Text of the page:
Before Buying a Transfer Case for your Off-Roader
The transfer case is a specialized component used on four-wheel-drive vehicles. It is essential in cars that use both front and rear axles for driving. And in the case of 4×4’s, each of the four wheels needs traction.
In the simplest terms, a transfer case will split the power from the engine and send it to all four wheels using the front and rear axles. It is the center of the drivetrain system in four-wheel drive and four-wheel drive vehicles. In addition, off-road cars may use a transfer case that contains one or lower gear sets to handle more demanding terrain.
All four-wheel-drive vehicles come with a transfer case. The box, located just behind the transmission, takes the torque generated by the engine and distributes it to the drive axles. This part also synchronizes the rotations of the wheels and can contain low-range gears so you can take the vehicle off-road. There are several options that four-wheel drive vehicles use.
There are two primary choices in drive types. Each has its benefits depending on the use of the vehicle. One type is the gear-driven transfer case. This system uses gear sets to drive the front and rear driveshafts. This design works well with solid and heavy units. They are usually found on larger trucks. However, they appear more frequently in passenger cars.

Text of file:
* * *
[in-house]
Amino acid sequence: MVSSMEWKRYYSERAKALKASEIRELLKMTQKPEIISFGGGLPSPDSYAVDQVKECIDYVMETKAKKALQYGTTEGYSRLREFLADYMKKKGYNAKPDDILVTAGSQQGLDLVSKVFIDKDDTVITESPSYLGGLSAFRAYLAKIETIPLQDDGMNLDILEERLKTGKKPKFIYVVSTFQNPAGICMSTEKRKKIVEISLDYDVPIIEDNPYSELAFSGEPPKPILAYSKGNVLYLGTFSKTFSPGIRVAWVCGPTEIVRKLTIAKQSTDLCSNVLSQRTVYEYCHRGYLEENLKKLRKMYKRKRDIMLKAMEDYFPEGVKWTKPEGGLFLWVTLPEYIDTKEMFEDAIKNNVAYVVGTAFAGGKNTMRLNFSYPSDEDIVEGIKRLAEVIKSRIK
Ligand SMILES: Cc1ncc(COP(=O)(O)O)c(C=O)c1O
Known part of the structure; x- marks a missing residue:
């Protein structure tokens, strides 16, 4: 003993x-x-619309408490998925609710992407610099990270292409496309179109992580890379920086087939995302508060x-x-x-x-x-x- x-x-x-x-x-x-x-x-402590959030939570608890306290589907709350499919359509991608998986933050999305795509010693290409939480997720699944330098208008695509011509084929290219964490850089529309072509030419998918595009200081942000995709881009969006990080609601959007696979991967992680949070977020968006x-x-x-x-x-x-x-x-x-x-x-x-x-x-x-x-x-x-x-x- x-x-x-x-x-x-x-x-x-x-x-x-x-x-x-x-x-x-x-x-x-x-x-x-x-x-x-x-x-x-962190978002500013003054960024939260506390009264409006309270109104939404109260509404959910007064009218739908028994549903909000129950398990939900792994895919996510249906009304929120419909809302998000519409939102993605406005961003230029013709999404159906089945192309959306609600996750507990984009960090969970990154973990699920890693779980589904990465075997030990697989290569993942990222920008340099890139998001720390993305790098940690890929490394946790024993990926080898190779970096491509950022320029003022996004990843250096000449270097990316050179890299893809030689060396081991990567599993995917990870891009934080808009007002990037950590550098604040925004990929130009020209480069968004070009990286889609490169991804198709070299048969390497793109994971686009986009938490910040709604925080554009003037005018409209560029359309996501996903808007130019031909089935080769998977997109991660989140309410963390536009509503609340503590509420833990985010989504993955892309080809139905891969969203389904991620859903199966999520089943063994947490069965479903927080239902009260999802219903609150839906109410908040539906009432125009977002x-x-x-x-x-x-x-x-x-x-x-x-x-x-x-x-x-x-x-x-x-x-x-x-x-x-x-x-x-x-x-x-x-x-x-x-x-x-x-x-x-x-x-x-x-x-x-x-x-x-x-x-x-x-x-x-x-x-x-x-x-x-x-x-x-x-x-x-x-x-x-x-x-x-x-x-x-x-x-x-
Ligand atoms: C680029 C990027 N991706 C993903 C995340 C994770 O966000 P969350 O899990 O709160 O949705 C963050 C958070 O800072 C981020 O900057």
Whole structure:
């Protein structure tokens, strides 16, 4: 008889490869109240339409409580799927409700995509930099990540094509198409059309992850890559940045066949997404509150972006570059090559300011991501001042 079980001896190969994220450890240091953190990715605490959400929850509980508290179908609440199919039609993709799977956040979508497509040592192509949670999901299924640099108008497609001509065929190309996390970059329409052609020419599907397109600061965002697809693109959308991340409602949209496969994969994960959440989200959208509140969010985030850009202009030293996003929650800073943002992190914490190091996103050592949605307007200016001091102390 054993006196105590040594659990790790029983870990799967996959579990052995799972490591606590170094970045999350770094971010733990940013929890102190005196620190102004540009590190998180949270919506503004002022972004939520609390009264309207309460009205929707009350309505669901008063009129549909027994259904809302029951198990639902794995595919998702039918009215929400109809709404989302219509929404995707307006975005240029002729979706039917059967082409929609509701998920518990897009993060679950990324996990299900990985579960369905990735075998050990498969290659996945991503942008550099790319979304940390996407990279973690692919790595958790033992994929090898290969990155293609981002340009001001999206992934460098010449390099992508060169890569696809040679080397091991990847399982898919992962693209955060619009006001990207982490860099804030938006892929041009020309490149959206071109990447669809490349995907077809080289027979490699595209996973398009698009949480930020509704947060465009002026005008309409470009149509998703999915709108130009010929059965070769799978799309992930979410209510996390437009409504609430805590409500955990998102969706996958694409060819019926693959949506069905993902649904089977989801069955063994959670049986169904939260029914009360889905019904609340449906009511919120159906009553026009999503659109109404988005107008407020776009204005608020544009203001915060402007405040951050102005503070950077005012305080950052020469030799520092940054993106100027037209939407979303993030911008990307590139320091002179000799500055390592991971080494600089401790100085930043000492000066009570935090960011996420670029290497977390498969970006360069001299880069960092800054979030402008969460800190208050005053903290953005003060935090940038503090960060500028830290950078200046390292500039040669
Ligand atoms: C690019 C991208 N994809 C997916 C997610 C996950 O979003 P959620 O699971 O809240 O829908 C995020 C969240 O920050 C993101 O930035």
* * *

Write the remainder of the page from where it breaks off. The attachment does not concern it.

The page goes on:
Chain-driven designs, such as the 231j transfer case, drive only one axle. On rare occasions, some vehicles use this design to drive both axles. The 231j transfer case is quieter than a gear-driven version. Compact trucks, Jeeps, SUVs, and full-size trucks use this type of drive. However, many off-road severe drivers switch from this type of design to a gear-driven model. They prefer the additional power provided by the industry and tolerate the other noise.
As with transmission types, there are a few different types of shifts. One is the electronic shift on the fly (ESOF). This type of shift comes with a dash-mounted selector that selects between all-wheel drive and two-wheel drive. To activate the high four-wheel-drive selector, you must drive at a lower gear. If you want to start the four-wheel-drive at low speed, you must stop the vehicle and neutralize the transmission.
The other type of drive is the manual shift on the fly (MSOF). The MSOF has a selector lever located on the floor transmission hump. Sometimes, this type of shift has two sealed automatic front axle hubs with lock, unlock, or free selectors. As with the ESOF, your vehicle must be moving at a low speed to activate the high setting. In addition, to shift into the low-speed transmission, the car must be in neutral with the vehicle stopped.
When it comes to housing, like everything else, there are a couple of different options. The first option is a married transfer case housing. This means that the part is bolted directly to the transmission. This housing sits between the transmission output shaft and the rear of the main drive shaft. In some cases, the accommodation is part of the transmission, and the two share the same housing.
The other type of housing is a divorced/independent model. Unlike the married version, this one is not mounted directly to the transmission. Instead, it is located away from the transmission and connected by a driveshaft. This type of housing is found only on vehicles with a long wheelbase, such as a military or commercial vehicle.
A transfer case can be a combination of any of these types. A chain-driven model may be MSOF and contained in married housing, for example. The design of the part will depend on the manufacturer.